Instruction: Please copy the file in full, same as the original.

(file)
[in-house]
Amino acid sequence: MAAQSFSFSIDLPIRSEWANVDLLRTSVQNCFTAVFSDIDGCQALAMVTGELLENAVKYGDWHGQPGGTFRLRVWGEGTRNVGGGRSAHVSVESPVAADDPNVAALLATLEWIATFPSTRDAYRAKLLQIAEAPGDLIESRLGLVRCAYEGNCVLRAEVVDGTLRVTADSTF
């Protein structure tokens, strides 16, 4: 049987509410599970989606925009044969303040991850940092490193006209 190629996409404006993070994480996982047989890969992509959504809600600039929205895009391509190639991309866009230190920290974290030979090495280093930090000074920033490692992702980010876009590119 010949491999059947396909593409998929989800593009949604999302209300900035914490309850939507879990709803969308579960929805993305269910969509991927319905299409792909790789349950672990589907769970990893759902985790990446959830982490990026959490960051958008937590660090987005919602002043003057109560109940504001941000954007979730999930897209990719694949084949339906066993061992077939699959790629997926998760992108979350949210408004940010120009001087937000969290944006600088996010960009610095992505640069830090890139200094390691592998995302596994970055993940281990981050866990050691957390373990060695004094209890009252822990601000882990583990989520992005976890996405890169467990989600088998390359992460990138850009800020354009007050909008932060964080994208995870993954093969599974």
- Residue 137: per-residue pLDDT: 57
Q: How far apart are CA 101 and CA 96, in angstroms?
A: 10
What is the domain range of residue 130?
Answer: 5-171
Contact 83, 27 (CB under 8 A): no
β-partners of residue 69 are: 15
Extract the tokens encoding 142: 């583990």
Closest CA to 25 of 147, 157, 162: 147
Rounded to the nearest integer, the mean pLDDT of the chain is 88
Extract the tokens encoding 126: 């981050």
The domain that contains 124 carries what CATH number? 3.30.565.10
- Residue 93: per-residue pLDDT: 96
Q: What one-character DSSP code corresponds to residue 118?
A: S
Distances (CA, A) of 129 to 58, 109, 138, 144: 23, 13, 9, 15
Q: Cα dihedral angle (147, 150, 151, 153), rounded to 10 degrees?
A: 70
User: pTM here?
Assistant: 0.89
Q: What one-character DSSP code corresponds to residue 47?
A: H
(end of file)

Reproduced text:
[in-house]
Amino acid sequence: MAAQSFSFSIDLPIRSEWANVDLLRTSVQNCFTAVFSDIDGCQALAMVTGELLENAVKYGDWHGQPGGTFRLRVWGEGTRNVGGGRSAHVSVESPVAADDPNVAALLATLEWIATFPSTRDAYRAKLLQIAEAPGDLIESRLGLVRCAYEGNCVLRAEVVDGTLRVTADSTF
């Protein structure tokens, strides 16, 4: 049987509410599970989606925009044969303040991850940092490193006209 190629996409404006993070994480996982047989890969992509959504809600600039929205895009391509190639991309866009230190920290974290030979090495280093930090000074920033490692992702980010876009590119 010949491999059947396909593409998929989800593009949604999302209300900035914490309850939507879990709803969308579960929805993305269910969509991927319905299409792909790789349950672990589907769970990893759902985790990446959830982490990026959490960051958008937590660090987005919602002043003057109560109940504001941000954007979730999930897209990719694949084949339906066993061992077939699959790629997926998760992108979350949210408004940010120009001087937000969290944006600088996010960009610095992505640069830090890139200094390691592998995302596994970055993940281990981050866990050691957390373990060695004094209890009252822990601000882990583990989520992005976890996405890169467990989600088998390359992460990138850009800020354009007050909008932060964080994208995870993954093969599974």
- Residue 137: per-residue pLDDT: 57
Q: How far apart are CA 101 and CA 96, in angstroms?
A: 10
What is the domain range of residue 130?
Answer: 5-171
Contact 83, 27 (CB under 8 A): no
β-partners of residue 69 are: 15
Extract the tokens encoding 142: 């583990």
Closest CA to 25 of 147, 157, 162: 147
Rounded to the nearest integer, the mean pLDDT of the chain is 88
Extract the tokens encoding 126: 């981050």
The domain that contains 124 carries what CATH number? 3.30.565.10
- Residue 93: per-residue pLDDT: 96
Q: What one-character DSSP code corresponds to residue 118?
A: S
Distances (CA, A) of 129 to 58, 109, 138, 144: 23, 13, 9, 15
Q: Cα dihedral angle (147, 150, 151, 153), rounded to 10 degrees?
A: 70
User: pTM here?
Assistant: 0.89
Q: What one-character DSSP code corresponds to residue 47?
A: H